We finished the day with dinner at restaurant ‘Le Mandoline’ for by far the best dinner we had in Ethiopia.
Bahir Dar, Gondar and the Simien Mountains
The next morning we left Wim’s Holland House for the last time and headed for Bahir Dar. To our relief the road is mostly in a good condition. It took us about eight hours to complete the 575 kilometres through mainly farm land, rolling hills and one deep canyon that has been formed by the Blue Nile. As planned, we arrived in time at the bank, where Nienke could make her payment to the US Embassy. However Murphy’s law concluded differently; the receiving bank in Addis had already closed for the day…
After a nice meal at the lakeshore with the hostel manager, we went back to the hostel. Here we met other travellers, sat around the campfire and spent the night chatting away whilst enjoying local ‘tej’ (honey wine).
The next morning we had a nice breakfast at Wude Coffee and at exactly ten o’clock we were back at the bank where Murphy’s law takes control once more; there is no electricity in city centre and the payment cannot be done. Luckily there is another office in town and they drove us there, accompanied by the clerk that has the right authorizations to process the payment.
We spent the rest of the morning and afternoon on and around lake Tana, which is famous for its monasteries on the small islands dotted on the lake. This lake is Ethiopia’s largest, covering over 3500 square kilometres, and its waters are the source of the Blue Nile, which flows 5223km north to the Mediterranean Sea. After an hours boat ride towards the tip of the Zege peninsular, where we visited the nicest monastery according tour operators: Ura Kidane Meret. Although the roof had been replaced with iron plates for security reasons, the rest of the main building looks genuinely old. Most of the paintings inside are from the 14th century, however several of the lower paintings had been restored late 20th century. The museum next to the main building holds crowns from kings that had visited the monastery as well as very old bibles in different languages and different types of crosses.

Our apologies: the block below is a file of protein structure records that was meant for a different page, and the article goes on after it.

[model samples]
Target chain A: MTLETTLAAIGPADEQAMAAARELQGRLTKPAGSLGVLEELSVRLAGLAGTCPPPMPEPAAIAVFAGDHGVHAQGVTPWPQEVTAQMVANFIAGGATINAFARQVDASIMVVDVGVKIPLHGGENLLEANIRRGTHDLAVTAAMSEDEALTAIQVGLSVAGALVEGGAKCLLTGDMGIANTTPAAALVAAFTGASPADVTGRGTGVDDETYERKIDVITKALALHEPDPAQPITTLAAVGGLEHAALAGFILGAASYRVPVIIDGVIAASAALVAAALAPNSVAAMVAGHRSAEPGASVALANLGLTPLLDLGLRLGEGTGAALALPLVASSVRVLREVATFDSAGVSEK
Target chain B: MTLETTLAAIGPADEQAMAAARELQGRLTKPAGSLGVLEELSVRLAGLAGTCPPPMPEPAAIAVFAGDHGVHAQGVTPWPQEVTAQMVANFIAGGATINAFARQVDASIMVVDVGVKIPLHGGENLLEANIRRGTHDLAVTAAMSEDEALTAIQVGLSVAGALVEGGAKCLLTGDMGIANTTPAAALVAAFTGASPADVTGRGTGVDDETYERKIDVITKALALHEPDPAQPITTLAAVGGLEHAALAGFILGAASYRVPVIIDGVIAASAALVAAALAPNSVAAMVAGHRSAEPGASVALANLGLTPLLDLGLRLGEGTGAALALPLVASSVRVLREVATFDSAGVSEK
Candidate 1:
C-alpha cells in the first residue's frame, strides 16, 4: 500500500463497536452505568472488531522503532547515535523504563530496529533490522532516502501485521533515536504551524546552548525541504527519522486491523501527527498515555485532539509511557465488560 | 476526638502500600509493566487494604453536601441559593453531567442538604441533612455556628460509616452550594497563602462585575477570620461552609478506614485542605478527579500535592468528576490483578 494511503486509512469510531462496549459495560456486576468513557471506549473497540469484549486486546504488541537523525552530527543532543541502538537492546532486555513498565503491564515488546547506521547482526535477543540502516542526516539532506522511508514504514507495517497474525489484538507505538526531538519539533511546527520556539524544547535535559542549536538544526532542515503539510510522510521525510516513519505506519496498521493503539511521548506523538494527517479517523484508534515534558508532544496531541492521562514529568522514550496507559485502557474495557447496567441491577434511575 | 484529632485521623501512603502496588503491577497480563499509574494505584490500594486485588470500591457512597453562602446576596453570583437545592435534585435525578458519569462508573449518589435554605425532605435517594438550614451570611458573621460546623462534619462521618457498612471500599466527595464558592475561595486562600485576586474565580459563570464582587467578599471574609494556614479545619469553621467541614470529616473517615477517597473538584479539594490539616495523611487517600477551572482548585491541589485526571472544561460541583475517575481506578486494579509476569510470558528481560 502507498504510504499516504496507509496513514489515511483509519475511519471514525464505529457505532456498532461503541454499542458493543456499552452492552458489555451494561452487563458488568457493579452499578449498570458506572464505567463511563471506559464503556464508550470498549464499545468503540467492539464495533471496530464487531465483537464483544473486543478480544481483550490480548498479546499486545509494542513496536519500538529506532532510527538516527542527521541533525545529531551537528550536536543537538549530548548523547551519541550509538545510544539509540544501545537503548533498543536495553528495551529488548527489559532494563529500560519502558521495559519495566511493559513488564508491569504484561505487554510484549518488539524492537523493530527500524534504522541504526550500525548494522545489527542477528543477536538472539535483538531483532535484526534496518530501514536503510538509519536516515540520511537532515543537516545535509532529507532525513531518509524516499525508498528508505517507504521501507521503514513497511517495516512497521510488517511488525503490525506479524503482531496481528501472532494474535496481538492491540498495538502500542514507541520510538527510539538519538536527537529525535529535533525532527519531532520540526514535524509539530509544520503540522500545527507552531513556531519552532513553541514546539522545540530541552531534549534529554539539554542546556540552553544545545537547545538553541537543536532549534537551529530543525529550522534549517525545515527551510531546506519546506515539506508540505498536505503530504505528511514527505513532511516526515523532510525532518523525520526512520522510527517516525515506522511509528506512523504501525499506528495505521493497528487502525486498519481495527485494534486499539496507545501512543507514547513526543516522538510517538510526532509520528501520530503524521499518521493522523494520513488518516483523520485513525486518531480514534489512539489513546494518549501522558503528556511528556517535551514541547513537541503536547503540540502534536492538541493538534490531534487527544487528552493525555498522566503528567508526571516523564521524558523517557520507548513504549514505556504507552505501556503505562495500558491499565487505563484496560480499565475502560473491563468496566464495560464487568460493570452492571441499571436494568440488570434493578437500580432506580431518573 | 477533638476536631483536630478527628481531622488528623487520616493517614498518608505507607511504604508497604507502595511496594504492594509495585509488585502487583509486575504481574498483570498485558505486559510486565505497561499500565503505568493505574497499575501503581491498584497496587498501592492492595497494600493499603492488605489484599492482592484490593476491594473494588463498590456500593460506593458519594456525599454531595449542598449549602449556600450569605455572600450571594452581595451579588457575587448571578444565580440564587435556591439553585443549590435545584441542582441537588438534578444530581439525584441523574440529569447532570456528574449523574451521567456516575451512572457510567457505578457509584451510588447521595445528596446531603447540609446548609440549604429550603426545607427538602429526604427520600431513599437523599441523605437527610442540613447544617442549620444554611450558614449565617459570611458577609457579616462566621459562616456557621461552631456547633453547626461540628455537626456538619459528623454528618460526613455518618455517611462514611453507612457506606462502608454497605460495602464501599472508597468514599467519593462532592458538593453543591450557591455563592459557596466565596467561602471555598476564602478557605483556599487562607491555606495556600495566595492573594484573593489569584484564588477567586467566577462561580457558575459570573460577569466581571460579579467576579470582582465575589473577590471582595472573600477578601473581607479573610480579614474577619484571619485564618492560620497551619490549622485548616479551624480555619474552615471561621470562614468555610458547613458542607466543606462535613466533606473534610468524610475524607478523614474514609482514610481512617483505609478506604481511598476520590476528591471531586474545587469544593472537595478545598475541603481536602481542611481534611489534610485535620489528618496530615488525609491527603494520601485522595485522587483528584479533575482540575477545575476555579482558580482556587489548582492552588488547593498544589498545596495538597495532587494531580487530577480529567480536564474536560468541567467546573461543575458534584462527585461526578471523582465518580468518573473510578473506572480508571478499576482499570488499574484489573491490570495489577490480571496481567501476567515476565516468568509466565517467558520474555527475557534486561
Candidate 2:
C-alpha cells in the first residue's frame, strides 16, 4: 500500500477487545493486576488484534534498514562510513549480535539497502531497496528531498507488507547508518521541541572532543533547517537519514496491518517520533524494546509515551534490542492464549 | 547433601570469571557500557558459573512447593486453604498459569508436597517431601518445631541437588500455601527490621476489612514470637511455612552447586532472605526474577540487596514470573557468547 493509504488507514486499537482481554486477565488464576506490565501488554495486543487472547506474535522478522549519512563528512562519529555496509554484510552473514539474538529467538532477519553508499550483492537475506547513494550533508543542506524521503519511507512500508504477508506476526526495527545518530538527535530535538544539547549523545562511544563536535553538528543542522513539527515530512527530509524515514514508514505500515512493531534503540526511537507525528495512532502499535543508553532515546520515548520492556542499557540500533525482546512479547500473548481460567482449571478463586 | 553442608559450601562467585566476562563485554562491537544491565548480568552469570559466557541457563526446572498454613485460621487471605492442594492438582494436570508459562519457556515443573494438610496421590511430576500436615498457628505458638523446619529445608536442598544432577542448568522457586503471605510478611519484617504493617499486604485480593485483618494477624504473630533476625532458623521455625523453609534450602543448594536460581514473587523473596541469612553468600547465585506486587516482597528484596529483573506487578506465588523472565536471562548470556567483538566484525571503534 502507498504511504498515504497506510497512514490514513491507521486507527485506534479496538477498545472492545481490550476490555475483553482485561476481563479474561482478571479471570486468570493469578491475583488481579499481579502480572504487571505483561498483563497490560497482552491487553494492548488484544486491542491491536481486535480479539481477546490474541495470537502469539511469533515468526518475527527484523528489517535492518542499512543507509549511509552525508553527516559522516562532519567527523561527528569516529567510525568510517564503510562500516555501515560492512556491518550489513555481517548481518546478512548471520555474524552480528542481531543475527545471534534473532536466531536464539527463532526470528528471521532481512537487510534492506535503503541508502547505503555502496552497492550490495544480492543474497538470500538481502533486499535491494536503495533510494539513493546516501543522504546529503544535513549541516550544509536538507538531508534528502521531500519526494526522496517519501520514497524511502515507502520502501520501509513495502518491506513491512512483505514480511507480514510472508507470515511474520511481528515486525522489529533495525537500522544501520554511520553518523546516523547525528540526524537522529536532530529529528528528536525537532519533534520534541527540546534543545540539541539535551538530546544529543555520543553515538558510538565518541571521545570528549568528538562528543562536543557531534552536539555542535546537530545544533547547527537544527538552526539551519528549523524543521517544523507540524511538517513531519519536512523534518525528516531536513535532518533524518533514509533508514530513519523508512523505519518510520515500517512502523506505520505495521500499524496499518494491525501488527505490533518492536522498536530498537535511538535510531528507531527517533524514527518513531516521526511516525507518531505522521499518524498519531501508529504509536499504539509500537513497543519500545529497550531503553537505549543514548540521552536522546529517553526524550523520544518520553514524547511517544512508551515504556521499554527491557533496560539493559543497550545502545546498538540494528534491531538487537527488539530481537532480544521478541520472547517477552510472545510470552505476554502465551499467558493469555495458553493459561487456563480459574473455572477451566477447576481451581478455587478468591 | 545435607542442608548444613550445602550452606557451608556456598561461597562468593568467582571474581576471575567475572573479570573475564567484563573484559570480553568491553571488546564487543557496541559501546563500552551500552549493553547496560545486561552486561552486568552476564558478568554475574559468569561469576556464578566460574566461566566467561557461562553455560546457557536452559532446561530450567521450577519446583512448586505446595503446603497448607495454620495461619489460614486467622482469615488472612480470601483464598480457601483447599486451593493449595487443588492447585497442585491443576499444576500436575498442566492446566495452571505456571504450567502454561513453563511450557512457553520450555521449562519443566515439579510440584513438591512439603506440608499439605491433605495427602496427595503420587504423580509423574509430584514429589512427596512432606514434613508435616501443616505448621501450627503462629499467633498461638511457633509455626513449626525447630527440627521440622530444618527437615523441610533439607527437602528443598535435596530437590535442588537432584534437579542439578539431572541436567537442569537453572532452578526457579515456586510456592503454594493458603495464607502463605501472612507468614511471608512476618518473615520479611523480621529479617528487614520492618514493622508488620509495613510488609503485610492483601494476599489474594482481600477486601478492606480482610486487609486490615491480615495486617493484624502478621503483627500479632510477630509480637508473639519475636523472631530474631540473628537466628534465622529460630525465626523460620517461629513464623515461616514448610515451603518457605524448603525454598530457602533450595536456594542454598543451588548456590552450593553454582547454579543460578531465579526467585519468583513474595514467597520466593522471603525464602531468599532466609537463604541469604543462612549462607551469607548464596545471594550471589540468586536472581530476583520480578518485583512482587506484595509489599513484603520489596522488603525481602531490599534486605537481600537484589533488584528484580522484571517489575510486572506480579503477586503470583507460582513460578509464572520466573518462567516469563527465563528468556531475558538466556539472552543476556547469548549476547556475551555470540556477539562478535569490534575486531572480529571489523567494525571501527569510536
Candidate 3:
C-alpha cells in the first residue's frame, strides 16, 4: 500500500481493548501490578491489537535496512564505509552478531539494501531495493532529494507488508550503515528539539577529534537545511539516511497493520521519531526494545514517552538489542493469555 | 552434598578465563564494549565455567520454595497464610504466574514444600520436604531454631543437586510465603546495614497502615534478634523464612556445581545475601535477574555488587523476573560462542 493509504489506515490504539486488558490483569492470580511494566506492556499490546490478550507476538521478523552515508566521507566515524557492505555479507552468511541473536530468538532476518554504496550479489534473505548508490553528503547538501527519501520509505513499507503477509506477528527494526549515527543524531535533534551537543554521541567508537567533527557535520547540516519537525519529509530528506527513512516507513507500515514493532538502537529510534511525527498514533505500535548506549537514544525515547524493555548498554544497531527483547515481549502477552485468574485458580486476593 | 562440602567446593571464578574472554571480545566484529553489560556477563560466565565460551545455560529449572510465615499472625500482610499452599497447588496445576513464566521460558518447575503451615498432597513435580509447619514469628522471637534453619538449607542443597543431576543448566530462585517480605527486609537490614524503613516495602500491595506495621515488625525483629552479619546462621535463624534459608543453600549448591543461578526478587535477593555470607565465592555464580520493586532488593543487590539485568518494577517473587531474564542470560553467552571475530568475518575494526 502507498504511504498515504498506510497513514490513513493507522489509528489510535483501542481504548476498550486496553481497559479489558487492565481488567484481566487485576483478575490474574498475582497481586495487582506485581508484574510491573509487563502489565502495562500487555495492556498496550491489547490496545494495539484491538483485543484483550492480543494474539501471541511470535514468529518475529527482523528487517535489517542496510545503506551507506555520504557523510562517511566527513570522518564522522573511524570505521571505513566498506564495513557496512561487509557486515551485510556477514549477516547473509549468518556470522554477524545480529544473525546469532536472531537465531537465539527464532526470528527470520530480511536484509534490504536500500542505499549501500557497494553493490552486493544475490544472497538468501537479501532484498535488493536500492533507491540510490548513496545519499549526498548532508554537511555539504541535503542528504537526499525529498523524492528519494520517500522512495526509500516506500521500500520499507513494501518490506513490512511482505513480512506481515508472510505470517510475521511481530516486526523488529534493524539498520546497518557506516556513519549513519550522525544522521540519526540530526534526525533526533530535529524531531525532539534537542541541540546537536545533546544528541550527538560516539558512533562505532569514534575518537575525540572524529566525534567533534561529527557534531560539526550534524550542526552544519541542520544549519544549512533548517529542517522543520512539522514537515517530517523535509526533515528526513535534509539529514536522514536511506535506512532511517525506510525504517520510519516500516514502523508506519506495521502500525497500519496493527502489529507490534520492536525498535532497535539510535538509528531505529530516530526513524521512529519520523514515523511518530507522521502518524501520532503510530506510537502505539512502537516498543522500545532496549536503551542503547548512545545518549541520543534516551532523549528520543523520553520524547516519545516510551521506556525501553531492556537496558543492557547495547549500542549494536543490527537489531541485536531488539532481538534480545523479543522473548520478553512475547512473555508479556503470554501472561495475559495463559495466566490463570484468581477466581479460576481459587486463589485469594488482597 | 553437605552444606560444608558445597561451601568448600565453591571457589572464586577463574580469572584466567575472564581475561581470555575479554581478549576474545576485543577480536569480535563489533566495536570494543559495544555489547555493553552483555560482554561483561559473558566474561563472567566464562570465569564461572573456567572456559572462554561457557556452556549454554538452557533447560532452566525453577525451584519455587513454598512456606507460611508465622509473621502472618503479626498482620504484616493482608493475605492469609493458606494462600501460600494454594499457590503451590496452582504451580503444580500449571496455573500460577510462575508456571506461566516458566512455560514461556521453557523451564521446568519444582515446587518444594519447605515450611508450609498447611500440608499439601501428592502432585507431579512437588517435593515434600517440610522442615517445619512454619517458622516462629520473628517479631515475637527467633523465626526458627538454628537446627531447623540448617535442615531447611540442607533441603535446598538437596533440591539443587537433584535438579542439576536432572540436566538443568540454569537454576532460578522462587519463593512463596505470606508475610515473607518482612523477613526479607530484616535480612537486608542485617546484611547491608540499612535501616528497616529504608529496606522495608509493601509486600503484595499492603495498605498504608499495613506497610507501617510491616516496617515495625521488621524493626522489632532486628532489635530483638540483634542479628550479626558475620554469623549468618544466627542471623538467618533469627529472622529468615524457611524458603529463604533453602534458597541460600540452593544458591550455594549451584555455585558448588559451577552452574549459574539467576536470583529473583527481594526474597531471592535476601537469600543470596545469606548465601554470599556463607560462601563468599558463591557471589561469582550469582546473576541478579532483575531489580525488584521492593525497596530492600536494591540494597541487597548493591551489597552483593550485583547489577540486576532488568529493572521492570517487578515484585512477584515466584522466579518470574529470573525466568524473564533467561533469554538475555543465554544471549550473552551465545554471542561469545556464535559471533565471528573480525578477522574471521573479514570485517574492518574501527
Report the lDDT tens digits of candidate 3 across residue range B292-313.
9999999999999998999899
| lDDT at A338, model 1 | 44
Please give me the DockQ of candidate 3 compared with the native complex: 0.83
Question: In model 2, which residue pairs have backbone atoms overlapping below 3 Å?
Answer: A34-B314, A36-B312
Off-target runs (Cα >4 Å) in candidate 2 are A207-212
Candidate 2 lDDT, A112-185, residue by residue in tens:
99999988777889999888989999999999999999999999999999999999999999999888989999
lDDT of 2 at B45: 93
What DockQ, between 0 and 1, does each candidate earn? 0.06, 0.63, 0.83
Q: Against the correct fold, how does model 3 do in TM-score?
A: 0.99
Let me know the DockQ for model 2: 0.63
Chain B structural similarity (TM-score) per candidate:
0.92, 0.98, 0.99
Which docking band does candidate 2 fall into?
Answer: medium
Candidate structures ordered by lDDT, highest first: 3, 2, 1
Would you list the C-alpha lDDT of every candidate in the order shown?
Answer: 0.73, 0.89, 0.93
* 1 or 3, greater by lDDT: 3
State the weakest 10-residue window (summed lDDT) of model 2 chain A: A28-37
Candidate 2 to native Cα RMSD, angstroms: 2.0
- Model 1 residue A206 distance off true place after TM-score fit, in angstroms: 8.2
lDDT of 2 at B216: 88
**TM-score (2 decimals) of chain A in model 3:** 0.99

Back on the boat, we rode towards the Blue Nile. In the rainy season, the water in that area has a very distinct different colour than the lake. The reason for us the visit it, was the family of hippo’s that lives here and we also saw some pelicans and other water birds.
From Bahir Dar, we continued our trip the next morning towards Gondar, the capital of Ethiopia before Addis Ababa. Succeeding Gondar as capital were Lailibela and the initial capital Axum. After settling in at the guesthouse where we would camp that night, we visited the Debre Berhan Selassie Church. If it weren’t for a swarm of bees, this beautiful church would have probably been destroyed like most of Gondar’s other churches by the marauding Sudanese Dervishes in the 1880s. When the Dervishes showed up outside the gates of the church, a giant swarm of bees surged out of the compound and chased the invaders away. This was a lucky intervention: with its stone walls, arched doors, two-tiered thatch roof and well-preserved paintings, this church is said to be one of the most beautiful churches in Ethiopia. From the outside the building looked very tired, but paintings inside the main building however still looked very nice. The church has a wall around the grounds with twelve towers; each of these towers represents one of the twelve apostles.